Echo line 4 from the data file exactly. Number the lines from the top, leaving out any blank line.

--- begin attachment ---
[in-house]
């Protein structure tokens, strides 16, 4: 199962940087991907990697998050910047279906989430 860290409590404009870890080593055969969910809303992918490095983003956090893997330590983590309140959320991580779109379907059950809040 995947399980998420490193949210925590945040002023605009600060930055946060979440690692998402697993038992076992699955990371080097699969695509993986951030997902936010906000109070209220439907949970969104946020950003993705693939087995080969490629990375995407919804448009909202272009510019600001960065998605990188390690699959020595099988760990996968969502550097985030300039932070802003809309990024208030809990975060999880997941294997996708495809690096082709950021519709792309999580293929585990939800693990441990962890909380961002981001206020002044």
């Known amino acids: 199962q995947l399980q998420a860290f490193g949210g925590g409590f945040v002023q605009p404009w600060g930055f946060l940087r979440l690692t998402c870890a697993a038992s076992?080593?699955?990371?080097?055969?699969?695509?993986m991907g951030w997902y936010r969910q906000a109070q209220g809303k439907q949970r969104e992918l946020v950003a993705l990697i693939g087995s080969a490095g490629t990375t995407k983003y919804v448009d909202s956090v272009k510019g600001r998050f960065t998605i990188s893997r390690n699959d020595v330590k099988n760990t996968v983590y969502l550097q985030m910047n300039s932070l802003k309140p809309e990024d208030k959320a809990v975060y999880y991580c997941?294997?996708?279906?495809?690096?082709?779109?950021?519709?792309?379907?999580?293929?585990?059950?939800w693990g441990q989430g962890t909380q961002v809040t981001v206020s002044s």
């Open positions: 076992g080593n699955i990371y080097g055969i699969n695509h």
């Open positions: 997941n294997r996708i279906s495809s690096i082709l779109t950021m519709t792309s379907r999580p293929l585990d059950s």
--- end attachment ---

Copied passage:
């Open positions: 076992g080593n699955i990371y080097g055969i699969n695509h």